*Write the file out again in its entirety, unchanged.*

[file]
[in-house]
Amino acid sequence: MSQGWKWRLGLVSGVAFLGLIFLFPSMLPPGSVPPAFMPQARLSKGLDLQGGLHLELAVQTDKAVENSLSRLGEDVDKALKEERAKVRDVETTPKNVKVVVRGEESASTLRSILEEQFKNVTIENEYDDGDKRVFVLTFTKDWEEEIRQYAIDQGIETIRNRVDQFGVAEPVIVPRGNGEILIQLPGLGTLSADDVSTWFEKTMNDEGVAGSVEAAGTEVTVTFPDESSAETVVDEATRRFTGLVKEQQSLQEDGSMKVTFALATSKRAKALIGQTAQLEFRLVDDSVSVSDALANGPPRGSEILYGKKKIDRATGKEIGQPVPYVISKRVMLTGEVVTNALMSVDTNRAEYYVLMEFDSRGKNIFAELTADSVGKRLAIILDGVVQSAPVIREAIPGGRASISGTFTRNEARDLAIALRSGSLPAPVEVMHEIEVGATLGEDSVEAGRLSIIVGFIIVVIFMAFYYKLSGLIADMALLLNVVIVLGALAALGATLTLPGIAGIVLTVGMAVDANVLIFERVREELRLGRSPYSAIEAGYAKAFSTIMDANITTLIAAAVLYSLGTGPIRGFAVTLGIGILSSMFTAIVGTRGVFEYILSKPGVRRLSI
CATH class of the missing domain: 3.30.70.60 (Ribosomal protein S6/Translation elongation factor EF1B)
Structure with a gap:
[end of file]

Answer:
[in-house]
Amino acid sequence: MSQGWKWRLGLVSGVAFLGLIFLFPSMLPPGSVPPAFMPQARLSKGLDLQGGLHLELAVQTDKAVENSLSRLGEDVDKALKEERAKVRDVETTPKNVKVVVRGEESASTLRSILEEQFKNVTIENEYDDGDKRVFVLTFTKDWEEEIRQYAIDQGIETIRNRVDQFGVAEPVIVPRGNGEILIQLPGLGTLSADDVSTWFEKTMNDEGVAGSVEAAGTEVTVTFPDESSAETVVDEATRRFTGLVKEQQSLQEDGSMKVTFALATSKRAKALIGQTAQLEFRLVDDSVSVSDALANGPPRGSEILYGKKKIDRATGKEIGQPVPYVISKRVMLTGEVVTNALMSVDTNRAEYYVLMEFDSRGKNIFAELTADSVGKRLAIILDGVVQSAPVIREAIPGGRASISGTFTRNEARDLAIALRSGSLPAPVEVMHEIEVGATLGEDSVEAGRLSIIVGFIIVVIFMAFYYKLSGLIADMALLLNVVIVLGALAALGATLTLPGIAGIVLTVGMAVDANVLIFERVREELRLGRSPYSAIEAGYAKAFSTIMDANITTLIAAAVLYSLGTGPIRGFAVTLGIGILSSMFTAIVGTRGVFEYILSKPGVRRLSI
CATH class of the missing domain: 3.30.70.60 (Ribosomal protein S6/Translation elongation factor EF1B)
Structure with a gap: